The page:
An Apology to my Husband’s Beard

This is my husband’s beard:

beard rafa

I had a hard time learning to appreciate this beard, and there are a number of reasons for that.

First of all, my husband is a handsome guy. He has perfect little white teeth and dimples and he’s really quite stunning with a five o’clock shadow, or a chin strap. But yowombat-wallpaper_w520u can’t see any of that when he has what appears to be a wombat on his face.

Secondly, he gets little pieces of food, sauce, lint, etc. stuck in it and then if we’re kissing later I sometimes get a flashback of that.

It sort of reminds me of a caveman, or a Biblical character such as Noah, or perhaps a Viking that pillages the occasional village. This isn’t really so bad since those guys are all dead and that look could be considered vintage.



But then sometimes, he looks a lot more like a Amish man from Lancaster than a Presbyterian from Mexico, and that is just confusing. Like what is that Amish man doing wearing a tee-shirt instead of suspenders? And using an iPod?? And those boots look awfully fancy! Oh wait, that’s a sombrero, not a straw hat. Silly me.

straw hat sombrero

Also, sometimes when it’s really cold, he wears thermal underwear to bed, and you can imagine my consternation when I wake up next to Pa Ingalls.  Or when he wears his red plaid flannel jacket to work, and I come out of the bathroom and WHOA there’s a lumber jack in my house.

So, you see, this beard has caused me some issues. But recently, I’ve been making a serious effort to love the beard.

It all started one night when we were lying in bed and one of us found a little teddy bear that one of the kids had left under the covers. He patted it gently, then laid it sweetly against his neck and wrapped the beard hair around it like he was swaddling a baby, all while humming a lullaby. And that’s when I knew that while this beard may look dirty, itchy, and a little bit like it should belong to a terrorist, it is, at its core, a bringer of comfort and love.

My man is happy under that beard.

Sure, he might be compensating for his hair, which is getting just a little bit thinner.  So while his head gets shinier and colder, his face is getting furrier and cozier.  But who doesn’t want a nice, cozy face in the winter time?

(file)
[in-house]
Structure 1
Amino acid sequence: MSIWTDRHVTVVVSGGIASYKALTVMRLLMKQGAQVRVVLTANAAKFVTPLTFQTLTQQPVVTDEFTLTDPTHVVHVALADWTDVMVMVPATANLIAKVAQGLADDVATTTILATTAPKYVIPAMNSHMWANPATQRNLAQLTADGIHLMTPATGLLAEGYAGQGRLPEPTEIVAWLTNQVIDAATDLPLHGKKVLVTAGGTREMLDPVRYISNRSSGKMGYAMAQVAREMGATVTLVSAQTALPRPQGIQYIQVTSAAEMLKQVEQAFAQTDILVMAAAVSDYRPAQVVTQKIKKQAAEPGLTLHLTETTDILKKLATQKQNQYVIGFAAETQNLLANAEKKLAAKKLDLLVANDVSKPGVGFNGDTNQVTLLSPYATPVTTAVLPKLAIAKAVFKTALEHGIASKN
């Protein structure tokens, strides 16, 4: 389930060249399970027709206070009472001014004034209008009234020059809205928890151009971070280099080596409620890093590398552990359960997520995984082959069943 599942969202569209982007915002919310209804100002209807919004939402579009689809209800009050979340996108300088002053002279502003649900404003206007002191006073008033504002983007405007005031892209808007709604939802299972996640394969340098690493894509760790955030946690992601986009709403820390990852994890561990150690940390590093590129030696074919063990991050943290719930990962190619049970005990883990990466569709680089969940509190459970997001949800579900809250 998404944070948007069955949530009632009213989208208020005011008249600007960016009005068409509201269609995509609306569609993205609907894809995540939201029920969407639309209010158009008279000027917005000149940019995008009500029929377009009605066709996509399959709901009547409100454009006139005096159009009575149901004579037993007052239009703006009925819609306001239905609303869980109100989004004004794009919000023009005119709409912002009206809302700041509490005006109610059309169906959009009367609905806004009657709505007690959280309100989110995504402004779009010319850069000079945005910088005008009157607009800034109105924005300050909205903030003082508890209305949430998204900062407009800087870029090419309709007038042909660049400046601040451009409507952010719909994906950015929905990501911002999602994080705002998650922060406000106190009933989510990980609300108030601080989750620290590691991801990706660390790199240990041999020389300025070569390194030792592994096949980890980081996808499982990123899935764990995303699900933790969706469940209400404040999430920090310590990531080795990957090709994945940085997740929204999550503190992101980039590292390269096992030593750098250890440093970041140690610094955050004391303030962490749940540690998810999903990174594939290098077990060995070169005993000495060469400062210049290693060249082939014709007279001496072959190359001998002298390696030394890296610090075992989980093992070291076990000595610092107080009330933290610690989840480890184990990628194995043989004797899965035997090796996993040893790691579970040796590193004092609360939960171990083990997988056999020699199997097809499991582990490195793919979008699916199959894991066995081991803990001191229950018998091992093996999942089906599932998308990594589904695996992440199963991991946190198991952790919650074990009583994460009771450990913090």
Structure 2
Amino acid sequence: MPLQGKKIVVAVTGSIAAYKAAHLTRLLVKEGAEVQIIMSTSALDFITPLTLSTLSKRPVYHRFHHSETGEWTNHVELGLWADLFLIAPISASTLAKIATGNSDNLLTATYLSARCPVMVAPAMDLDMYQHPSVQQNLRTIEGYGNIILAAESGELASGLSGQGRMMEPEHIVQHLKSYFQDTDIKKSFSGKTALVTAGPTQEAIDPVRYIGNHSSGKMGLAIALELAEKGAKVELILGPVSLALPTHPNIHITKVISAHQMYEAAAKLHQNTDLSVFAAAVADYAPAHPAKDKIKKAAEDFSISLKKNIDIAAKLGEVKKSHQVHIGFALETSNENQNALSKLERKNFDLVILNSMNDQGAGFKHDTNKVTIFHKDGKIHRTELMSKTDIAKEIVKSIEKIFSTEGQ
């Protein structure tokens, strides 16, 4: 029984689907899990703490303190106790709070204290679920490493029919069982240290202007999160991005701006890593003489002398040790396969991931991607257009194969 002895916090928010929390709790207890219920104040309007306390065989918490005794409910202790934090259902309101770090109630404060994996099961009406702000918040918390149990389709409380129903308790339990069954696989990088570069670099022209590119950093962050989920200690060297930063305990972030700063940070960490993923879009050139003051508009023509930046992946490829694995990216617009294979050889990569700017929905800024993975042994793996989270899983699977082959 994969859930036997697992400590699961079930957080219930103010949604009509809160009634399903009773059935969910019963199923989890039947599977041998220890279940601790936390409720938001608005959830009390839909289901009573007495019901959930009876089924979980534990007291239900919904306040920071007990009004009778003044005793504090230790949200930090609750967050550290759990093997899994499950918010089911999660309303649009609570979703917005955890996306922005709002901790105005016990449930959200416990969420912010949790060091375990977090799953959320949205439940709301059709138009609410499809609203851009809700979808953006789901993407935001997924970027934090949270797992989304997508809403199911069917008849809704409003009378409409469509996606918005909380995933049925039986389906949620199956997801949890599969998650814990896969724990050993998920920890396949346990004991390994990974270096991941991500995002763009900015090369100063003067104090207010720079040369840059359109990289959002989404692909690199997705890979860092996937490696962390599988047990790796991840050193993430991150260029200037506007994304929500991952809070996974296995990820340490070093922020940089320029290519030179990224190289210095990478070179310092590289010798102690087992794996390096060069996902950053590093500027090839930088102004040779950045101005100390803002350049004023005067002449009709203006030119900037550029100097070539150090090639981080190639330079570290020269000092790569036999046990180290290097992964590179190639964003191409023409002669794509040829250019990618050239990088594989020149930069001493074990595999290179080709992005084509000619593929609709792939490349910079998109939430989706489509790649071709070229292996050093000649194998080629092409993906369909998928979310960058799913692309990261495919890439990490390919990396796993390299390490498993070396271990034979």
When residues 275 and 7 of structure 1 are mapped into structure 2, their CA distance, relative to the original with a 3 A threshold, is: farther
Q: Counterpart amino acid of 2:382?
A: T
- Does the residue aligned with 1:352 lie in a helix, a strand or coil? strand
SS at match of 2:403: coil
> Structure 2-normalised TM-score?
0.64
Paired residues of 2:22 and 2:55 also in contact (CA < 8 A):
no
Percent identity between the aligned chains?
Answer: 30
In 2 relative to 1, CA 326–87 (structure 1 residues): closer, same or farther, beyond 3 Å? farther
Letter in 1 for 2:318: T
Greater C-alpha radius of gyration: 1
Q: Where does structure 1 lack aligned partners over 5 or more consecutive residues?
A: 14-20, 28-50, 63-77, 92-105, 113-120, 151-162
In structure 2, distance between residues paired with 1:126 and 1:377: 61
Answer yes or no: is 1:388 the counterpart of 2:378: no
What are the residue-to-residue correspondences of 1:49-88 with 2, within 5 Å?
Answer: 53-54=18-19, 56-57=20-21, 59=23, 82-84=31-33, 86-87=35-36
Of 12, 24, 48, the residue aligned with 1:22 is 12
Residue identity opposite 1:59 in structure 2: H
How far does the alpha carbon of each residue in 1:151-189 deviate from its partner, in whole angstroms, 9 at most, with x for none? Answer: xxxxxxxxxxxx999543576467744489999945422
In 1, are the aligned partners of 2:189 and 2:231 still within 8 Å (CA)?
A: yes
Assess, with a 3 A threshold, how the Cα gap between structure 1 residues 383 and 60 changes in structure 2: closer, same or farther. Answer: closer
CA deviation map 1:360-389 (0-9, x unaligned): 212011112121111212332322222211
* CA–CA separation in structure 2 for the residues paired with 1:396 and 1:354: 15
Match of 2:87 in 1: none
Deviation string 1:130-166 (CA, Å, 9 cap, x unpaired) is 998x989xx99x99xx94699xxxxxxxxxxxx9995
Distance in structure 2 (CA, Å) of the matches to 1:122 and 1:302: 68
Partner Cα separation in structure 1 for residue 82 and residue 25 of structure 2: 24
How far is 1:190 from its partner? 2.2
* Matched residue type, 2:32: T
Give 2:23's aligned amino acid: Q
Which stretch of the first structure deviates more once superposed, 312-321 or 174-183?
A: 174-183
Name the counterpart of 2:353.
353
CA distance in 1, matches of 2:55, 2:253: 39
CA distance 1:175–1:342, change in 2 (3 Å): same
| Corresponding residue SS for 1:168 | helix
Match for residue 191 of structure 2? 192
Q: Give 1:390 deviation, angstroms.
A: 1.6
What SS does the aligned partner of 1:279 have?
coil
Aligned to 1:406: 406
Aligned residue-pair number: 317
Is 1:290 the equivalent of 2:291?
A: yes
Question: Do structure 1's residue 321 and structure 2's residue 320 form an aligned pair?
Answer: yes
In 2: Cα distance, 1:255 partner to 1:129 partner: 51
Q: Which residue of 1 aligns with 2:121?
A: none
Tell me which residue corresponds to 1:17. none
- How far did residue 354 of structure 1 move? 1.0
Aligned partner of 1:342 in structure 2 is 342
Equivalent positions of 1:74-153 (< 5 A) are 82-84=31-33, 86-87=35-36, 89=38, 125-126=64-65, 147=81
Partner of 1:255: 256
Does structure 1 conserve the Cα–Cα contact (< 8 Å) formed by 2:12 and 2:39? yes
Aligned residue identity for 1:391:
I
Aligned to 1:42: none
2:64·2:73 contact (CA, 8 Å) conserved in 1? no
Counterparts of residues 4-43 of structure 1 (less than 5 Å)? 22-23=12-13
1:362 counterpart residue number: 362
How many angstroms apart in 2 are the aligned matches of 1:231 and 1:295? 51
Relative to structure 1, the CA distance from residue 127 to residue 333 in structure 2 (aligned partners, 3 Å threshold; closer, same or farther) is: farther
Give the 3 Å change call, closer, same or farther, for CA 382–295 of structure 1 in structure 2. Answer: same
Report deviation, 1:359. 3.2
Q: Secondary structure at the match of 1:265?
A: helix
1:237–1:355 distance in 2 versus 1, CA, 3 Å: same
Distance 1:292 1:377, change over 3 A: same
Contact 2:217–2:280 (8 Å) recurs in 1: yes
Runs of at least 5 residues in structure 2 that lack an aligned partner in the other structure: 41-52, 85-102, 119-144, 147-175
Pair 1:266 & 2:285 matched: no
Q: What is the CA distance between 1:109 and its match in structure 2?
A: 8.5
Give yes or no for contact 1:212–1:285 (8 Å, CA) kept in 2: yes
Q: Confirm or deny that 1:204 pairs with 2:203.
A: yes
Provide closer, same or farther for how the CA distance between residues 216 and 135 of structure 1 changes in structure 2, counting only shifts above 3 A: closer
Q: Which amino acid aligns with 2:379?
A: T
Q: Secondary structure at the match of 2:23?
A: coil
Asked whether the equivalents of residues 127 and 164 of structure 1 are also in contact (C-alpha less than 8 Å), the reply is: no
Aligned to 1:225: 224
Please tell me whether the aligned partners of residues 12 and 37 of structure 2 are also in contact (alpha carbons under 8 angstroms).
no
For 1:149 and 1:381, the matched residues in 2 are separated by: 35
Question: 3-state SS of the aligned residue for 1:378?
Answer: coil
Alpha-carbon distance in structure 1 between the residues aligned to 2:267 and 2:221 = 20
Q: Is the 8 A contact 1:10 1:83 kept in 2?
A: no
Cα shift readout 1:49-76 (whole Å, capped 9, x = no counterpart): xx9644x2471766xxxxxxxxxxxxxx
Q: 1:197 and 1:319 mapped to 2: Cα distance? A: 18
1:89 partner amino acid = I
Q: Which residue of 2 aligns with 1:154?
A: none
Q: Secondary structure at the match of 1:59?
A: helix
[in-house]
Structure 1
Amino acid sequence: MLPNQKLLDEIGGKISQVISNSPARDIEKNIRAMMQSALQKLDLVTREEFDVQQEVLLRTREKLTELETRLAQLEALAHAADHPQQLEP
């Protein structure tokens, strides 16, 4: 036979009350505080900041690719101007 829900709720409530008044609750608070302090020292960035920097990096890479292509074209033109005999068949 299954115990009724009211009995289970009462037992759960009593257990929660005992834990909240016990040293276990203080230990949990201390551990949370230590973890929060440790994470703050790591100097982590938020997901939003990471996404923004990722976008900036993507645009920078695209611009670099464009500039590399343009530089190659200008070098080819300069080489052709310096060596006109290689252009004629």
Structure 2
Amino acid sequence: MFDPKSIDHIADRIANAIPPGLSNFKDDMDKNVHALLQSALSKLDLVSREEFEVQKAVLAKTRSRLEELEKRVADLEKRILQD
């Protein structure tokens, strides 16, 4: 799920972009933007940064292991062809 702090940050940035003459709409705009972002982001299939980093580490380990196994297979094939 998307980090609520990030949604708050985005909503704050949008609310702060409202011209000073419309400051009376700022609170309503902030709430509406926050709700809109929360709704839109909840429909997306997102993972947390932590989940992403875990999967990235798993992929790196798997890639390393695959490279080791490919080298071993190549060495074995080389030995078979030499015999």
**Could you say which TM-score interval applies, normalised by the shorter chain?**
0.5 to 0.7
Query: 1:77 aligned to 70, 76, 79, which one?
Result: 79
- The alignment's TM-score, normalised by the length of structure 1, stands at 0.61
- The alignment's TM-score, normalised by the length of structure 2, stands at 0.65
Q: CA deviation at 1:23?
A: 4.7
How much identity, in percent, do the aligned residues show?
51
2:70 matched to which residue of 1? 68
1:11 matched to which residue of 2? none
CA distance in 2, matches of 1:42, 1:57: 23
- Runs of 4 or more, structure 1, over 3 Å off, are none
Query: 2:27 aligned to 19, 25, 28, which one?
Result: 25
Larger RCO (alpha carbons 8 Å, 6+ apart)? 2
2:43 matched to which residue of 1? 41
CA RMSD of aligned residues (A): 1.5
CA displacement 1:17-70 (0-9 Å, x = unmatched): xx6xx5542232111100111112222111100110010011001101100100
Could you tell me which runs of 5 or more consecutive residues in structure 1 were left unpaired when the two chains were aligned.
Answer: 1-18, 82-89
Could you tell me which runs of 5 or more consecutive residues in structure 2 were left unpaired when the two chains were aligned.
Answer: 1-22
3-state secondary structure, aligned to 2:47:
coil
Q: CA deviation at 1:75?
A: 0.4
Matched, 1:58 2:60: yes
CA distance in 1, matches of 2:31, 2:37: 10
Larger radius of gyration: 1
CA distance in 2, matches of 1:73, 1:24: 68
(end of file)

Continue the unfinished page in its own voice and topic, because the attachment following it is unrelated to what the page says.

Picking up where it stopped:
I’m not saying I wouldn’t love to see his handsome features every now and then, or that I’m never jolted by nightmare images of bugs crawling out of the fur, but if he’s happy, I should be happy too, right? I mean, there are plenty of issues for us to work through without worrying about each other’s facial hair. Well, I mean, hopefully he doesn’t worry about mine.  But he does put up with me only showering a few times a week, so how can I complain?

Sometimes people ask me if I like the beard and if I say no, they give me the “you need to get that guy under control” look. But I’ve come to realize that really, I don’t.  Maybe if I were his mommy or his supervisor I would have to approve of his choices of wardrobe and grooming, but dang it, he’s a beard boobsgrown man (as clearly demonstrated by his ability to grow a GIANT beard.)

The media image of the bumbling husband who can’t be trusted to tie his own shoes without the help of his superhero wife is played out. Wives, we should expect more from our men, and going along with that, we should let go of all of that responsibility and control.

Yup, another nugget of classic marital advice from yours truly.

I may not understand the allure of carrying around several extra pounds of hair on your face, but I can appreciate the manliness. Similarly, I may not like the way my husband picks up our kids by the backs of their shirts and carries them around like puppies, but when I get home from work, the kids are happy and healthy and the house is not in shambles, and then, he goes to work for 8 hours. So really, I should be thanking my lucky stars that this man (and his beard) is mine.

Hands off, ladies. This lumberjack is taken.

So I’ve started to feel like I should say a few words to the beard.

Beard, you may not be well groomed, but you always smell like soap, and I thank you for that. I thank you for keeping my husband’s face warm in the winter time, especially as his head gets colder. I’m sorry that I wanted to destroy you for so long. May you grow and prosper. May you always be full. May you continue to teach me life lessons about letting go of the things that don’t matter and trusting my husband’s judgement. And may you never be chopped to pieces in the dark of the night by a maniacal wife.

But if you are, may you rest in peace.



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